MORC2 Mutation Causes Severe Neuropathy in CMT2Z, Case Report Finds

Aisha I Abdullah PhD avatar

by Aisha I Abdullah PhD |

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MORC2 mutation and CMT2Z

Three people from two unrelated families were found to have Charcot-Marie-Tooth disease type 2Z (CMT2Z) caused by the same MORC2 mutation, called p.Ala406Val, which was linked to severe neuropathy, a case study reported. 

One patient’s condition also worsened following treatment with vinblastine for Hodgkin’s lymphoma, and scientists recommended use of this cancer medicine be carefully monitored in people with CMT.

“The identification of two additional, unrelated families with the same p.Ala406Val mutation demonstrates the pathogenic role of this mutation,” the investigators wrote. “In addition, we report the first case of vinblastine neurotoxicity in Charcot‐Marie‐Tooth disease type 2Z.

The study, “A recurrent MORC2 mutation causes CMT2Z,” was published in the Journal of the Peripheral Nervous System

CMT2Z results from mutations in the MORC2 gene that impair the activity of peripheral nerves, which connect the brain and spinal cord to the muscles in the limbs. The disease typically affects the distal nerves (those furthest from the body center) before progressing to proximal (body center) nerves. 

The most common MORC2 mutation linked to CMT2Z, called p.Arg252Trp, causes distal muscle weakness and loss of sensation. Other MORC2 mutations are associated with a variety of symptoms unrelated to neuropathy (damage to peripheral nerves). 

Now, researchers report the case of three individuals with CMT2Z — a father and son and an unrelated woman — all carrying the MORC2 mutation p.Ala406Val. 

The 33-year-old woman had a history of clumsiness as a child, and experienced cramping and fatigue as her earliest symptoms. She had severe distal muscle wasting and weakness in her distal muscles (hands, forearm, feet, and ankles), as well as a lack of response to stimuli in muscles in the feet, forearms, and left calf. Her father had neuropathy affecting his upper and lower limbs.

A man in a different family had difficulty lifting the front of his foot — a condition known as foot drop — which began when he was in his late 20s. By age 61, he had severe muscle weakness in his ankles, biceps, and shoulders, sensory loss in his toes and thumbs, and a lack of response to muscle stimuli.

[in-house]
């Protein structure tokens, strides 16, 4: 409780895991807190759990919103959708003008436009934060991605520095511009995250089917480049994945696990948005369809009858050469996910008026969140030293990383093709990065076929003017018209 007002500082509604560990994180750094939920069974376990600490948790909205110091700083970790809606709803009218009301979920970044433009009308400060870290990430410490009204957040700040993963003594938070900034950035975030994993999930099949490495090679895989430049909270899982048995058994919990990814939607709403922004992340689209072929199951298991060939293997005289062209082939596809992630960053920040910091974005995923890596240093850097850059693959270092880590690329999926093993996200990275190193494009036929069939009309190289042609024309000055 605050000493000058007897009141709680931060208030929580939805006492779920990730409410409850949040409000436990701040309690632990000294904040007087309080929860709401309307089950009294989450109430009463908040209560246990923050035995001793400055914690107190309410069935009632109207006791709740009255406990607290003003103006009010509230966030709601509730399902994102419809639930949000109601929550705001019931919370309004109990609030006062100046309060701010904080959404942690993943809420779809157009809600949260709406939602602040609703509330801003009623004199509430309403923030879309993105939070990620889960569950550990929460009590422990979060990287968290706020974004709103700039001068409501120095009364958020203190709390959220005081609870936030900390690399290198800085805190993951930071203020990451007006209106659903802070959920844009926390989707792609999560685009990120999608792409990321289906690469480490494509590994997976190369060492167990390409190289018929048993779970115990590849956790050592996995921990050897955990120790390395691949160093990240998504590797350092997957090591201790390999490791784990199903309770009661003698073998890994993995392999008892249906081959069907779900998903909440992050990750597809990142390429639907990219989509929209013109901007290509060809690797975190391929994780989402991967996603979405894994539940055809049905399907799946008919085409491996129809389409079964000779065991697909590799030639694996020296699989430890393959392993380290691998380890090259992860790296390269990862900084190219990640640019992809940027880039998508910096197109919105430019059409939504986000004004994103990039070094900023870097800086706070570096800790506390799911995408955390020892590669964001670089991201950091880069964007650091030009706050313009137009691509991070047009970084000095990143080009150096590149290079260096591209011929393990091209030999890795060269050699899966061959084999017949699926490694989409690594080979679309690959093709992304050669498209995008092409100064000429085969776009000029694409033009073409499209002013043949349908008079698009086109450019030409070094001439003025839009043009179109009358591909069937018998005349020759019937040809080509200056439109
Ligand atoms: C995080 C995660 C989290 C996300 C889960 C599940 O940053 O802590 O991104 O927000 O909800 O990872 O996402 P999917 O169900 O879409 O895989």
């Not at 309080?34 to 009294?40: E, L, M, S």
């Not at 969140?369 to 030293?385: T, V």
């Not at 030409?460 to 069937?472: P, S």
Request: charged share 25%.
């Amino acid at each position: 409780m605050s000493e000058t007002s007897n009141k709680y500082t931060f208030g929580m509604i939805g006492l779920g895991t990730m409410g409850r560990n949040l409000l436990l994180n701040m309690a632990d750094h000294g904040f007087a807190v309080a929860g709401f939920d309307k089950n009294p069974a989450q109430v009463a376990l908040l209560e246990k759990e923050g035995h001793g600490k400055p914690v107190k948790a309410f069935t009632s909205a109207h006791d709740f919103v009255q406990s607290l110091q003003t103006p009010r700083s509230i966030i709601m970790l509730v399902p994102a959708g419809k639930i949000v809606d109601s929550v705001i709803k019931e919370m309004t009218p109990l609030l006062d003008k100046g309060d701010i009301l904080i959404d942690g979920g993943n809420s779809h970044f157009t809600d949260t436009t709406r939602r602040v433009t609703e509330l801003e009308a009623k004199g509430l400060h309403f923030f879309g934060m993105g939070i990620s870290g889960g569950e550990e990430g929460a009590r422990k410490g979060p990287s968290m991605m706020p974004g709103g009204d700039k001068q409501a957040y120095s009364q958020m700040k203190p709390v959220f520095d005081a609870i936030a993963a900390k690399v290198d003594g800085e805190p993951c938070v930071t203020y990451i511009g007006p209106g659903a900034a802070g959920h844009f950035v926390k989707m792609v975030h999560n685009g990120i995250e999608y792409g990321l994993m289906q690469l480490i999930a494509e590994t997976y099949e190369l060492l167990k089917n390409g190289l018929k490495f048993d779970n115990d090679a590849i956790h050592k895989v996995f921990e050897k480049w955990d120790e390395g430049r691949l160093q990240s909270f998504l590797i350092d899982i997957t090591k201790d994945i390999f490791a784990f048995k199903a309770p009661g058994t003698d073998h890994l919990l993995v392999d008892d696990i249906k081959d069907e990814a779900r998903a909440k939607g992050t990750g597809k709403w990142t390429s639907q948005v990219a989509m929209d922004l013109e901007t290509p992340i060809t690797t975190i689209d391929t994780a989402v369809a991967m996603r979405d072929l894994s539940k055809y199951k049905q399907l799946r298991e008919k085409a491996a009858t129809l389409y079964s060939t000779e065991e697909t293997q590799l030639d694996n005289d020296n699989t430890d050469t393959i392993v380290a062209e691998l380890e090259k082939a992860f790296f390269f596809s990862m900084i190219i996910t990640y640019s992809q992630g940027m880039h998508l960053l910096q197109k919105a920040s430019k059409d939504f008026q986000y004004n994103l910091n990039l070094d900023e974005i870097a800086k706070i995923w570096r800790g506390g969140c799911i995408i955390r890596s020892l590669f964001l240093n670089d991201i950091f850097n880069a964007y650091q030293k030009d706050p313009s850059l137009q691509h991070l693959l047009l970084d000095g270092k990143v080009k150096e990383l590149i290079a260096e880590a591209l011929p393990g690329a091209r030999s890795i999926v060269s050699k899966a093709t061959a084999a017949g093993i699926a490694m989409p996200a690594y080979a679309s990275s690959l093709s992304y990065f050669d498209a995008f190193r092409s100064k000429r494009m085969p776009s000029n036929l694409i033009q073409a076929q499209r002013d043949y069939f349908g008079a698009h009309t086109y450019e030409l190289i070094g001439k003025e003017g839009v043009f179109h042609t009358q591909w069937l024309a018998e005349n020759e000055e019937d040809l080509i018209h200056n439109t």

The man’s son developed neuropathy and was diagnosed with CMT as a child. He experienced frequent ankle sprains, and, as a teenager, underwent surgical fusion of joints and surgery to replace poorly working muscles and tendons in the foot.

The son was also diagnosed with Hodgkin’s lymphoma while a college student, and given a variety of cancer medications. Among them was vinblastine, which belongs to a class of therapies called vinca alkaloids that have been linked to neurotoxicity in people with CMT. Following his treatment, the patient lost the ability to walk upstairs unsupported by a handrail. 

By age 31, he had mild-to-moderate muscle weakness in his hands, biceps, shoulders, and triceps, sensory loss in his toes, and a lack of response to muscle stimuli. Muscle weakness progressed, with him using a walker starting at 32 and a wheelchair at age 41, with severe nerve and sensory loss in his arms, and moderate CMT neuropathy.

Genetic tests revealed that all three patients had the same MORC2 mutation, p.Ala406Val (c.1217C>T). In all three cases, neuropathy and distal muscle weakness emerged relatively early and progressed to proximal muscle weakness.

These findings confirm “that the p.Ala406Val mutation in MORC2 causes severe neuropathy,” the researchers wrote.

Regarding the patient given vinblastine for his lymphoma, the team noted: “this may be the first case of neurotoxicity in a person with CMT2Z.” 

“Although [the vinca alkaloid] vincristine is well documented to cause neuropathy, this complication is less common for vinblastine … it seems prudent to carefully monitor a patient with CMT for whom therapy with any vinca alkaloid is being considered,” they added.